A Guide to Taking Vitamins and Supplements During Pregnancy
Adequate nutrition during pregnancy is absolutely integral to the healthy development of a baby. Maternal malnutrition can result in a number of undesirable consequences for both a mother and her developing foetus. Luckily, mothers-to-be are no longer solely reliant on food for their daily nutritional requirements.
There is a wide range of vitamins and supplements available on the market today click here. Some cater specifically to pregnant women and all are subject to extensive research and testing that guarantees both their safety and their efficacy.
Folic acid is a form of vitamin B9 that is converted to folate by the human body. Essentially, it is the man-made version of the naturally-occurring folate which can be found in a multitude of food sources such as leafy vegetables, asparagus, beans, breakfast cereals, tomato juice, and yeast. It can be challenging to meet your daily folate requirements with your food. Folic Acid tablets are a simple and safe solution.
Folate is likely the most important supplement to take while trying to fall pregnant and when pregnant. Medical professionals recommend consuming 400 micrograms of folic acid every day while trying to conceive and for the first 12 weeks of pregnancy. It plays a crucial role in the prevention of certain spine and brain birth defects known as neural birth defects.
Iron deficiency in pregnant women is a global crisis. Research indicates that up to 52% of pregnant women suffer from anaemia – the term used to describe insufficient iron levels. Nuts, leafy greens, and lean meats are rich in iron. If you are feeling particularly fatigued during your pregnancy then you should consult your local GP or midwife. You may be anaemic and in need of iron supplements.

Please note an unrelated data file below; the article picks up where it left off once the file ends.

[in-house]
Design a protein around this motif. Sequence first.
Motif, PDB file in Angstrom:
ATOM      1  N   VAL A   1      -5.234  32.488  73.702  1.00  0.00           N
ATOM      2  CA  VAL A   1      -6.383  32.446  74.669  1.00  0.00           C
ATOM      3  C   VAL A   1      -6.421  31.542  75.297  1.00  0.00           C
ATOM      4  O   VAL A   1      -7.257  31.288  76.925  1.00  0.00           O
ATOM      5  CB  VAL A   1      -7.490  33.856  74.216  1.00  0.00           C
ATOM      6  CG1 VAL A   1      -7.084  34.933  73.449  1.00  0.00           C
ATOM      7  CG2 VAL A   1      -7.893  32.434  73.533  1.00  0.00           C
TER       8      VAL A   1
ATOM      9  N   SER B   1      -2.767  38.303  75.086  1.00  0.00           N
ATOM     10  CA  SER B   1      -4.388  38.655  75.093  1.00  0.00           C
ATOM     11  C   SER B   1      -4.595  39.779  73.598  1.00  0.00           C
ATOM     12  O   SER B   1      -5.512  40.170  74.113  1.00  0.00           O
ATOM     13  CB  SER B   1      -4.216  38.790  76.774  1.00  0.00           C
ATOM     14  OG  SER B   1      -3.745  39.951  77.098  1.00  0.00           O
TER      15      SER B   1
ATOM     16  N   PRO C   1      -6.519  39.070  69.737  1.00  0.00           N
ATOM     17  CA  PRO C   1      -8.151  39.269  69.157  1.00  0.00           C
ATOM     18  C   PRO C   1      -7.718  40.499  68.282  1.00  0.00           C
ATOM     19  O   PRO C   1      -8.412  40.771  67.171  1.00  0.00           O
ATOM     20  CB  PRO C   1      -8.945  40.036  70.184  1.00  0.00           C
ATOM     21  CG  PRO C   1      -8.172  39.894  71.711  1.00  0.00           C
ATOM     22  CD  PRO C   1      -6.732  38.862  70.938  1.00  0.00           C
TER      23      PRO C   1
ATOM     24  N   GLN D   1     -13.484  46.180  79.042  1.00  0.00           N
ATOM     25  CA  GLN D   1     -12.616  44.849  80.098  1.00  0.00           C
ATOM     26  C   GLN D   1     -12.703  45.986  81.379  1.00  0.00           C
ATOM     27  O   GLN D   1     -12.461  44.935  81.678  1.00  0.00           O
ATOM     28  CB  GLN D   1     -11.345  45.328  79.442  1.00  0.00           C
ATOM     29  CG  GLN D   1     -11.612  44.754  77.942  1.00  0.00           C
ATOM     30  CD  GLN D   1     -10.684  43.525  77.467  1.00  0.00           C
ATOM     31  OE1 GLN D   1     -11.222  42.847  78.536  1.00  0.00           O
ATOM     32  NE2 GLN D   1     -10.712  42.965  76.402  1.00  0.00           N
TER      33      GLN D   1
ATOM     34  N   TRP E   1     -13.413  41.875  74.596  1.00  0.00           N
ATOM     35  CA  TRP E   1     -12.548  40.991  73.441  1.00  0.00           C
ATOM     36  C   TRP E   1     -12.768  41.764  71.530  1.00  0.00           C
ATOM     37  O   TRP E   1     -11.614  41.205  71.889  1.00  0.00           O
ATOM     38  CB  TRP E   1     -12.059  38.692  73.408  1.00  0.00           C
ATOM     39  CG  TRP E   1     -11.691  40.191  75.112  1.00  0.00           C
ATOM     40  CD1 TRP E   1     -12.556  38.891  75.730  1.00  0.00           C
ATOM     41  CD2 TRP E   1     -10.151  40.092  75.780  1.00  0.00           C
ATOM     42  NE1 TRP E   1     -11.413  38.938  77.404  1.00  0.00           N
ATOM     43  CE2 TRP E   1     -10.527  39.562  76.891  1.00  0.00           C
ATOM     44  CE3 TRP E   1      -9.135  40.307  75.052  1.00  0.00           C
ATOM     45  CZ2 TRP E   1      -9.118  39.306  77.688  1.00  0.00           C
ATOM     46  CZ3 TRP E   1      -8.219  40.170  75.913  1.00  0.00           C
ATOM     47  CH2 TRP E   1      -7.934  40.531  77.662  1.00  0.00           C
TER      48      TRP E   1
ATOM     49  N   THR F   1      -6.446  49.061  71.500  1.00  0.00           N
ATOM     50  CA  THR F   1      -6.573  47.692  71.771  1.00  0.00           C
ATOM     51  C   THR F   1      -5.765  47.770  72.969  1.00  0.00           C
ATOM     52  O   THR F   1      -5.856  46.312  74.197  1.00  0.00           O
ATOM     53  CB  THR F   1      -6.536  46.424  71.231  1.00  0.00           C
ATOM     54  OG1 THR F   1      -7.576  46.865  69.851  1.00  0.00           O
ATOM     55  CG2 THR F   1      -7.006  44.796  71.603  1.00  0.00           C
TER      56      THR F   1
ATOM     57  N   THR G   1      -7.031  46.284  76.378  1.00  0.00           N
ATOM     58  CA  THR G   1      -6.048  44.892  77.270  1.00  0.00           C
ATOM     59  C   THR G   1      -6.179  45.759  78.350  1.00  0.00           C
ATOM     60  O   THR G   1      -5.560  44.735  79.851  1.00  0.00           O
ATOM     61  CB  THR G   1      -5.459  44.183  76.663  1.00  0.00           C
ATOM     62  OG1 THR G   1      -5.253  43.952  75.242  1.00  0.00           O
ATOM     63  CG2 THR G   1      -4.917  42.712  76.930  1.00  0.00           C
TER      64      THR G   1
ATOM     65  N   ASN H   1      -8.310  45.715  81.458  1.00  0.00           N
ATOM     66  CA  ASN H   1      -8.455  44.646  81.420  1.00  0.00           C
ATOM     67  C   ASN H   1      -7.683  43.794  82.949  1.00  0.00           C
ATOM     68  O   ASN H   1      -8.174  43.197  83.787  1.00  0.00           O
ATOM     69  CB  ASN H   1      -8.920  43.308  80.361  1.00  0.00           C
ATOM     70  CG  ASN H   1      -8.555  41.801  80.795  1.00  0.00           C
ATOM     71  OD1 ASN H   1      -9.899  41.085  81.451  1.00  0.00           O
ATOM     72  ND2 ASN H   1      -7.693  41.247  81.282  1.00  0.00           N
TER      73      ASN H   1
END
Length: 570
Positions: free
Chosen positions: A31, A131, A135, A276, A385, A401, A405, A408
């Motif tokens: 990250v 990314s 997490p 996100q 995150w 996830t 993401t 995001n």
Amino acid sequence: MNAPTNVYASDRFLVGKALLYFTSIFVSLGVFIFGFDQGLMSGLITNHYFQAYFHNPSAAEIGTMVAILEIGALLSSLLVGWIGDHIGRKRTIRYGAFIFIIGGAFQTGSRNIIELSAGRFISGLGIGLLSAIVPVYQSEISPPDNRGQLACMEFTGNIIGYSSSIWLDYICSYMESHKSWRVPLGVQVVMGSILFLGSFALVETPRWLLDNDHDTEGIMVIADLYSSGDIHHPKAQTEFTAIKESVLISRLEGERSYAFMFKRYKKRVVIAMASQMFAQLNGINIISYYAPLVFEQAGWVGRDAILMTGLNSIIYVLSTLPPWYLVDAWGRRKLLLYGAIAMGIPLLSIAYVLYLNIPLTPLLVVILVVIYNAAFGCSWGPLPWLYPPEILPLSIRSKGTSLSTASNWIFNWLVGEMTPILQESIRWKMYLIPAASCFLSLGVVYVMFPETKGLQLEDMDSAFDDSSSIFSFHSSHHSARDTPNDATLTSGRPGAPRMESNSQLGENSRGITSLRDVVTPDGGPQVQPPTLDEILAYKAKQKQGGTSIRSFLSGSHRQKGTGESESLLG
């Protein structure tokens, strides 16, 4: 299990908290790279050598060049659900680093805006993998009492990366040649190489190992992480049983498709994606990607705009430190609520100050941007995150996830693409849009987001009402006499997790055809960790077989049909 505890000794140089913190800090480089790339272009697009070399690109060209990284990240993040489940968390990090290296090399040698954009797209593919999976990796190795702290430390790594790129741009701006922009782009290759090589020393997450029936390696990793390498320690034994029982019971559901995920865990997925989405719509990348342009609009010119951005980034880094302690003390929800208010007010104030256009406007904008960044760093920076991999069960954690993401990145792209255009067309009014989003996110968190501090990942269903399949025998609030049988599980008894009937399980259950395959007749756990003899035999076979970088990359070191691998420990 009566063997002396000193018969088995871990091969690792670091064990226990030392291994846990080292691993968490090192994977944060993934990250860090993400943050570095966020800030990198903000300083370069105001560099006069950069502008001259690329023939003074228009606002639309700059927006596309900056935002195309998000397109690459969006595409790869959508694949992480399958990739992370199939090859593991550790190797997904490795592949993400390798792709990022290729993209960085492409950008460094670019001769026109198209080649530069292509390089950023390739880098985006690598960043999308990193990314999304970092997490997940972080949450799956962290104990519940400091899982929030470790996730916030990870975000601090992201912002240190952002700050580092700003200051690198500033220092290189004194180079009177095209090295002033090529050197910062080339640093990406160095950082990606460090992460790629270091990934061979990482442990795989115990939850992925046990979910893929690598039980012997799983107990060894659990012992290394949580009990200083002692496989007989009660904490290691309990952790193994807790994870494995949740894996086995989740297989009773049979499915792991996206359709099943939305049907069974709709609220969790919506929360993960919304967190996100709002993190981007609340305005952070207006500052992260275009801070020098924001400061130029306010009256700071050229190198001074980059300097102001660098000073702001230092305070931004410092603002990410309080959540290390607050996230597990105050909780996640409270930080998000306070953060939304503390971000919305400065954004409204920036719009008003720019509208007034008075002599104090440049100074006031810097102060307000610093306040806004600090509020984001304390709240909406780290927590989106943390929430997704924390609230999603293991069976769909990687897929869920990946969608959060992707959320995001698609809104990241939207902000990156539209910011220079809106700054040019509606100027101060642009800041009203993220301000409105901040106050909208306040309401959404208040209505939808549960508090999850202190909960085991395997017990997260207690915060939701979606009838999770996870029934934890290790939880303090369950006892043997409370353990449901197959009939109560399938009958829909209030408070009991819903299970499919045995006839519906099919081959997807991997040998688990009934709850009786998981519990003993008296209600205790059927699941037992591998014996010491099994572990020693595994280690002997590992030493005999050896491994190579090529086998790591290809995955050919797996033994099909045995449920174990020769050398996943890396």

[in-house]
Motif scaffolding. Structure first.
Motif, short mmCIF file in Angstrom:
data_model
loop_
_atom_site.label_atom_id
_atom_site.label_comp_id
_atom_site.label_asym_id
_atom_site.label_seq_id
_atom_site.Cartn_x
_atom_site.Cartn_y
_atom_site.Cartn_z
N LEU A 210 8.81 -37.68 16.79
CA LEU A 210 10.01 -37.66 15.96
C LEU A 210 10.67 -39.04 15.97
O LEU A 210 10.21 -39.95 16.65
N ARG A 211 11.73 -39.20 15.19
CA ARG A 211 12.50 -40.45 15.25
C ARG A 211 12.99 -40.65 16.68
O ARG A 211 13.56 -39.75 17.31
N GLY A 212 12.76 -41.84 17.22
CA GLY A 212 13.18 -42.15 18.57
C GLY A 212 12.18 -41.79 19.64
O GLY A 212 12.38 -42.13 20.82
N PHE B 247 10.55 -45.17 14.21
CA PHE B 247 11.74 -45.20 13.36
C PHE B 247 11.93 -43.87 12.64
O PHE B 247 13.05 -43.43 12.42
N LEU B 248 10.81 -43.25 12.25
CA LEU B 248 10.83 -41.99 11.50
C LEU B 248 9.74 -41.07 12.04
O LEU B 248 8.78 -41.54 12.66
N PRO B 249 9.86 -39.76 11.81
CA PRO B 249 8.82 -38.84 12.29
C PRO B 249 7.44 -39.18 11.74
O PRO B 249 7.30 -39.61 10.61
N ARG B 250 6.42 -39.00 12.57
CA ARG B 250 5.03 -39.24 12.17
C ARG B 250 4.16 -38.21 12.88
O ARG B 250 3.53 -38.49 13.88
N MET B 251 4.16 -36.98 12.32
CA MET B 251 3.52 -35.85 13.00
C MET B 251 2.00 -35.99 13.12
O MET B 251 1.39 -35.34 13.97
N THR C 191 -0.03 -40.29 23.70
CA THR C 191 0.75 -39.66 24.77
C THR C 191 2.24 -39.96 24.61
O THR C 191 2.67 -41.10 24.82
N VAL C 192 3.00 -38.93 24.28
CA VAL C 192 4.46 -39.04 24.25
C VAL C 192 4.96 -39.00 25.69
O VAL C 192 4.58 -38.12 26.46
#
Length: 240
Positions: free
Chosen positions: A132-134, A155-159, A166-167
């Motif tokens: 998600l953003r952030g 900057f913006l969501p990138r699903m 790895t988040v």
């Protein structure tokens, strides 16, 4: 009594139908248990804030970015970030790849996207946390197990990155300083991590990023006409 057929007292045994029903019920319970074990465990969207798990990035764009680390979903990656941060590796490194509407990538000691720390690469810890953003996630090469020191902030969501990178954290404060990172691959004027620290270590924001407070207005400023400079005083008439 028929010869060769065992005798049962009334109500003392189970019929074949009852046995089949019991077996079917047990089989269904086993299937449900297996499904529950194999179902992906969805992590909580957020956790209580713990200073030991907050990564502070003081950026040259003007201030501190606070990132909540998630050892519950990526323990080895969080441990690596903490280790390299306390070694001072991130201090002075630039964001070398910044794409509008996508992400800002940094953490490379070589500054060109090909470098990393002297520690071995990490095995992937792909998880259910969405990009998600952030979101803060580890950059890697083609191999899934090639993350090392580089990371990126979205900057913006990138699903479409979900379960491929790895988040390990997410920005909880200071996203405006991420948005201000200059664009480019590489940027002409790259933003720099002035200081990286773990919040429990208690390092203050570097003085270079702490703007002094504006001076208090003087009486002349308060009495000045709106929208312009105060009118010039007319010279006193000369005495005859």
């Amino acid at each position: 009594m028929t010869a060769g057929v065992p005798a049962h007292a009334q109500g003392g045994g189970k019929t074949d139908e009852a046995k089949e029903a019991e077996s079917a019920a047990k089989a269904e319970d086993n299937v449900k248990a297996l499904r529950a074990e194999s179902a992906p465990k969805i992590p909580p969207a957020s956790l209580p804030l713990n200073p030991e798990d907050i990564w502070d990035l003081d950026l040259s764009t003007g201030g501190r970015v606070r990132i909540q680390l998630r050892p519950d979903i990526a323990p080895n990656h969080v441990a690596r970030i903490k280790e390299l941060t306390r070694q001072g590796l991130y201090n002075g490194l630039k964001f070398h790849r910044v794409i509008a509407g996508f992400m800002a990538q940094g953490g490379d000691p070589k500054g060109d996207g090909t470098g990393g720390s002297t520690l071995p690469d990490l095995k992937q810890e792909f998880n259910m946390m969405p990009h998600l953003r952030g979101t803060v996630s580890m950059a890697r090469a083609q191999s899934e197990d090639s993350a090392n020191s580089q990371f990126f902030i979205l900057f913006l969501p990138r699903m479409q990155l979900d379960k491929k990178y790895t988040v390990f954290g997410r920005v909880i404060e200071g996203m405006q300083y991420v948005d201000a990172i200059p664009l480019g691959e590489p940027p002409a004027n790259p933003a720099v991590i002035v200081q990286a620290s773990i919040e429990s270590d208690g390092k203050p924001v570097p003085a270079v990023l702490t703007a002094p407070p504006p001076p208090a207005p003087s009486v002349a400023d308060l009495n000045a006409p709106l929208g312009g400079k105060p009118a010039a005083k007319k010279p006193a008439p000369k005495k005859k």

It is important to note that you cannot consume iron supplements in conjunction with calcium supplements, milk or caffeine as these will inhibit the uptake of iron. Consuming your iron with a potent source of vitamin C – such as a glass of fresh orange juice – optimises iron absorption.
Vitamin D deficiency is one of the most common forms of deficiency worldwide. In the US, around 41.6% of adults are deficient and this number increases to a staggering 82.1% amongst African American adults. This essential vitamin is responsible for regulating the amount of calcium and phosphate in the body. These maintain the structural integrity of teeth and bones while promoting the development of muscles.
The amount of sun time that equates to a healthy vitamin D intake is a highly debated issue. It can be found in select food sources such as eggs, red meat, and oily fish – a clear challenge for vegetarian or vegan pregnant women.
Ideally, you need 10 micrograms of vitamin D every day, so you can signup to play now and stay healthy. Taking vitamin D during the winter months is particularly important due to the lack of sufficient sunlight. It should be noted that consuming more than 100 micrograms of vitamin D in a day could be harmful to both you and your developing foetus.